Digital dinners / Computer-aided dining
Virtual food has leapt from television and cinema screens to restaurant tables. In some cases, the tables have become the screens. In Inamo, an Asian restaurant that opened in London in 2011, ceiling-mounted projectors transform tabletops into touch-screens. Diners select and preview the dishes on offer by swiping and tapping the table like a giant smartphone, causing images of meals to come sweeping onto their plates. They simply tap an ‘order’ icon when they find something they like the look of, and soon enough a waiter materialises with a real, edible version. The projection tables are essentially interactive picture menus, serving much the same function as the plasticised meals in Japanese restaurants. Here the display meals are beamed onto the customer’s plates like ghostly premonitions – plates are joining books, telephones, cameras, and newspapers on the growing list of objects replaced by screens.The projected meal options have the manicured finish of a photographic cookery book or weekend supplement. Anyone who has been inspired to recreate one of these photos at home will know that the results rarely live up to the promises of the images. Food has long had photographic or illustrated counterparts to fail to live up to, but these images have not, until innovations like Inamo’s, been broadcast directly to our plates. These images are only part of an ordering system, pre-empting the arrival of traditionally prepared dishes. There are some who believe that in time this too will change.

‘Food is the next frontier of 3D printing,’ says speculative designer and 3D printer Janne Kyttanen [3]. ‘One day we will be able to 3D-print a hamburger, and once you do, you won’t want to print a traditional hamburger; you can print the weirdest thing you can imagine.’

Edible 3D printed objects already exist. Tracing specific digital blueprints, food printers build objects by extruding quick-solidifying paste through a syringe, forming layers. These objects, formed from cookie dough or corn starch paste and flavoured with chocolate, are mathematically proportioned, spotless realisations of wire-frame computer designs. They resemble novelty pasta shapes but they have the textural coarseness of dog biscuits.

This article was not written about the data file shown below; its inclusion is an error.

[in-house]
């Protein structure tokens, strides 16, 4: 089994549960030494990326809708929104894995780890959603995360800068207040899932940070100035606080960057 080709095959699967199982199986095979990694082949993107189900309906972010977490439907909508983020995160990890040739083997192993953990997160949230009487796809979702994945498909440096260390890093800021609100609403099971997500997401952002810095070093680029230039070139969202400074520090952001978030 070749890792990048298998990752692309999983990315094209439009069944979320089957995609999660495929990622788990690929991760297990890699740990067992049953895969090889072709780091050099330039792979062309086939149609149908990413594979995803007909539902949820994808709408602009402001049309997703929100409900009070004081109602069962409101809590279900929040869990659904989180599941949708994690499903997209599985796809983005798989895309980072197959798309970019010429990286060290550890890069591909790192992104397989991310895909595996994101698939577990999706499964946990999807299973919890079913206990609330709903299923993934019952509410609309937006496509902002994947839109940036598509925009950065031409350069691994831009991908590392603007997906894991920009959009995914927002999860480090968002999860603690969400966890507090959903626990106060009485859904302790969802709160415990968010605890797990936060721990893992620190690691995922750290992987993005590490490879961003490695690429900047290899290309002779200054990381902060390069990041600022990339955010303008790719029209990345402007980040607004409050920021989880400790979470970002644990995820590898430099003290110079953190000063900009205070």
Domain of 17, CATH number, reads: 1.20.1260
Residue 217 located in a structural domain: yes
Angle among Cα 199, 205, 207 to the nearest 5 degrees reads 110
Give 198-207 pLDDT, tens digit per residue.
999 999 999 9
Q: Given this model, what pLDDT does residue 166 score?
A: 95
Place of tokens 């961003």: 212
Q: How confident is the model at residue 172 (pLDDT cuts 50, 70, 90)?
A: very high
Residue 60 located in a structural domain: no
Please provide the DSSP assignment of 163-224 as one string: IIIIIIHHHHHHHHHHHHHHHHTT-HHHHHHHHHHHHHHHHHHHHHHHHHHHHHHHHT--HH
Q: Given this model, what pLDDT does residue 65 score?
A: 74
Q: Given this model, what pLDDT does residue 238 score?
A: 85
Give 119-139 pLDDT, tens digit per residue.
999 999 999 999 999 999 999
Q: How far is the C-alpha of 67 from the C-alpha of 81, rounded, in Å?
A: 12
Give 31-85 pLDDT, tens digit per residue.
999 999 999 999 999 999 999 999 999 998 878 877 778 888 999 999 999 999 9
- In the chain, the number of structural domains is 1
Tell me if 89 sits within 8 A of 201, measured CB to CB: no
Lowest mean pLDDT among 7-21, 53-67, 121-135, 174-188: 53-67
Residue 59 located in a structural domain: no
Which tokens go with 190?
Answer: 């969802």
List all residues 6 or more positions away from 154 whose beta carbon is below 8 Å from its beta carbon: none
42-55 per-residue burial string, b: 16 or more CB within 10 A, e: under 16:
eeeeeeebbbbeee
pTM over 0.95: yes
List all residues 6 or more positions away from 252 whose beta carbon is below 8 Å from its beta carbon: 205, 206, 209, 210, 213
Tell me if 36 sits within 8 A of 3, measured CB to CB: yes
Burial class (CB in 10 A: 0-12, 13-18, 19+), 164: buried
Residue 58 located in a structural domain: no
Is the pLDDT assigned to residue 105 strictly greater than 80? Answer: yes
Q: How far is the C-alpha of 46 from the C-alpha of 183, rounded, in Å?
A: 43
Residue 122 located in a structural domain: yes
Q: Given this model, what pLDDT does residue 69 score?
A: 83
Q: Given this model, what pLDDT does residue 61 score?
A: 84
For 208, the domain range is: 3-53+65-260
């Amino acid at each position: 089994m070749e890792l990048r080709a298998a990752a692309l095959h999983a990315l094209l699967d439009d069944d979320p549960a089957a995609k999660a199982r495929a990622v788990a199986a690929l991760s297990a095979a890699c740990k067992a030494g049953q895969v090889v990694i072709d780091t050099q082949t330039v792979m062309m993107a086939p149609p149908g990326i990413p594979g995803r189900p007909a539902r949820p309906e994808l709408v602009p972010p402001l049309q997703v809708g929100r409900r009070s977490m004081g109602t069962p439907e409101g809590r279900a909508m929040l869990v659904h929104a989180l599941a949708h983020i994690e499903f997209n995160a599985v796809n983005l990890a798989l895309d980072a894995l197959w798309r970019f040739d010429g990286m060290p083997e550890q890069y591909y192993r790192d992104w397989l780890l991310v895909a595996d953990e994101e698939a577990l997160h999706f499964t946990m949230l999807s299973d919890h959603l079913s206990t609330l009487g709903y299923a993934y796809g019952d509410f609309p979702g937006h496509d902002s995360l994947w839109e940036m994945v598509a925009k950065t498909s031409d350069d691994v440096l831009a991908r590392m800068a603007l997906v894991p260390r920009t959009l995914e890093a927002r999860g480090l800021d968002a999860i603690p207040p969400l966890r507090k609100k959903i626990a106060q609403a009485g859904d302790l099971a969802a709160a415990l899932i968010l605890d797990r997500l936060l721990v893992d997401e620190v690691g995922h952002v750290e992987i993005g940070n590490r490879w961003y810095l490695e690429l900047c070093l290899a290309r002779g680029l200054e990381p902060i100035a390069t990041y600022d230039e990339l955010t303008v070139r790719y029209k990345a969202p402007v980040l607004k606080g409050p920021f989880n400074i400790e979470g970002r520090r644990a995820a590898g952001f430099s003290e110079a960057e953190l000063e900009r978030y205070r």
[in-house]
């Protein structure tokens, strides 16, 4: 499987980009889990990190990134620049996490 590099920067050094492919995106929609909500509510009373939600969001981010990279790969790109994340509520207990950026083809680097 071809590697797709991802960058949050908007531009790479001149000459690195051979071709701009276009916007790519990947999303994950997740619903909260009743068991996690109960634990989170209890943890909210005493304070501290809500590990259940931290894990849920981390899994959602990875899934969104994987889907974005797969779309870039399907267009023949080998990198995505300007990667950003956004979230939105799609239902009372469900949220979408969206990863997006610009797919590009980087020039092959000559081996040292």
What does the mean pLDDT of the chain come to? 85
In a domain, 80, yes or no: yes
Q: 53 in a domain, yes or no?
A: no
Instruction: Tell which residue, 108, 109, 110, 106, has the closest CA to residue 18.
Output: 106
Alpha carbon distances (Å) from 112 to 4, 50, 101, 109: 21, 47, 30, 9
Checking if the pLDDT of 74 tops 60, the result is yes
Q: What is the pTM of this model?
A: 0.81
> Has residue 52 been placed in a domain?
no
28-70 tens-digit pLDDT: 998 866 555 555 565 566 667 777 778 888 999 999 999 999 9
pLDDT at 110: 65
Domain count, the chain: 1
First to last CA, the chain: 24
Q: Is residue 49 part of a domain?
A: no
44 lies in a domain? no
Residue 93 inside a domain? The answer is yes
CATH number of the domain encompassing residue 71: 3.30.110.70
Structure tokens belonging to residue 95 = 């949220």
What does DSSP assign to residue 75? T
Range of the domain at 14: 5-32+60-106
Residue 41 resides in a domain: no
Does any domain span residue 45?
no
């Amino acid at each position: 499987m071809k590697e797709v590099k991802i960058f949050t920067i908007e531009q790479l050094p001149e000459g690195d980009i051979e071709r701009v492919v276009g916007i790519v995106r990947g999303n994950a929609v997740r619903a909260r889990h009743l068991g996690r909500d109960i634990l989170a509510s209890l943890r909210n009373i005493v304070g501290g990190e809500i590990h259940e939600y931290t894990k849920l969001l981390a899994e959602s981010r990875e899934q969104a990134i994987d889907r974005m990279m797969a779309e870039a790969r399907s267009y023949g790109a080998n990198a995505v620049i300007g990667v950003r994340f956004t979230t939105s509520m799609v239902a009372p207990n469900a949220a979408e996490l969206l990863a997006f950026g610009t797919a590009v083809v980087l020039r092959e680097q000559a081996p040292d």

Kyttanen explains that ‘any matter that you can put into an extruding nozzle you can already print in. You can make anything you want, whether it’s jelly or chocolate or some pastries or some marzipans or whatever, in principle you can make it.’ Surely it is only a matter of time before a sugary Utah Teapot emerges, before touch-screen photographic menus lead wirelessly to dinners printed onto tables.

Space cakes
To make what we eat appear synthetic or virtual is to extend our capacity as eaters. Developers of 3D printed foods are particularly excited about the possibilities of revolutionising long-term nourishment for astronauts, doing away with freeze-dried proteins and introducing more nutritious alternatives. Dutch venture capitalists Mars One are currently recruiting volunteers for a 2023 one-way colonial mission to the red planet. The aim is to form a permanent settlement on Mars, a place with deadly radiation from solar winds and a toxic atmosphere, a place where a 3D food printer could prove as essential to the survival of the settlers as a shimmering pool of fresh water was to their prehistoric ancestors.

1. Barthes, R. (1973) ‘Ornamental Cookery’, from Mythologies p85
2. Baudrillard, J. (1994) Simulacra and Simulation p2
3. dezeen.com/2013/03/27/food-is-the-next-frontier-of-3d-printing-janne-kyttanen/

A computer-generated simulation of a ‘bourbon-like’ liquid made by Sven and Björn Pfister (Geminus 3D).


Tom Harrad, writer, London

First published in Eye no. 87 vol. 22 2014

EYE87 Cover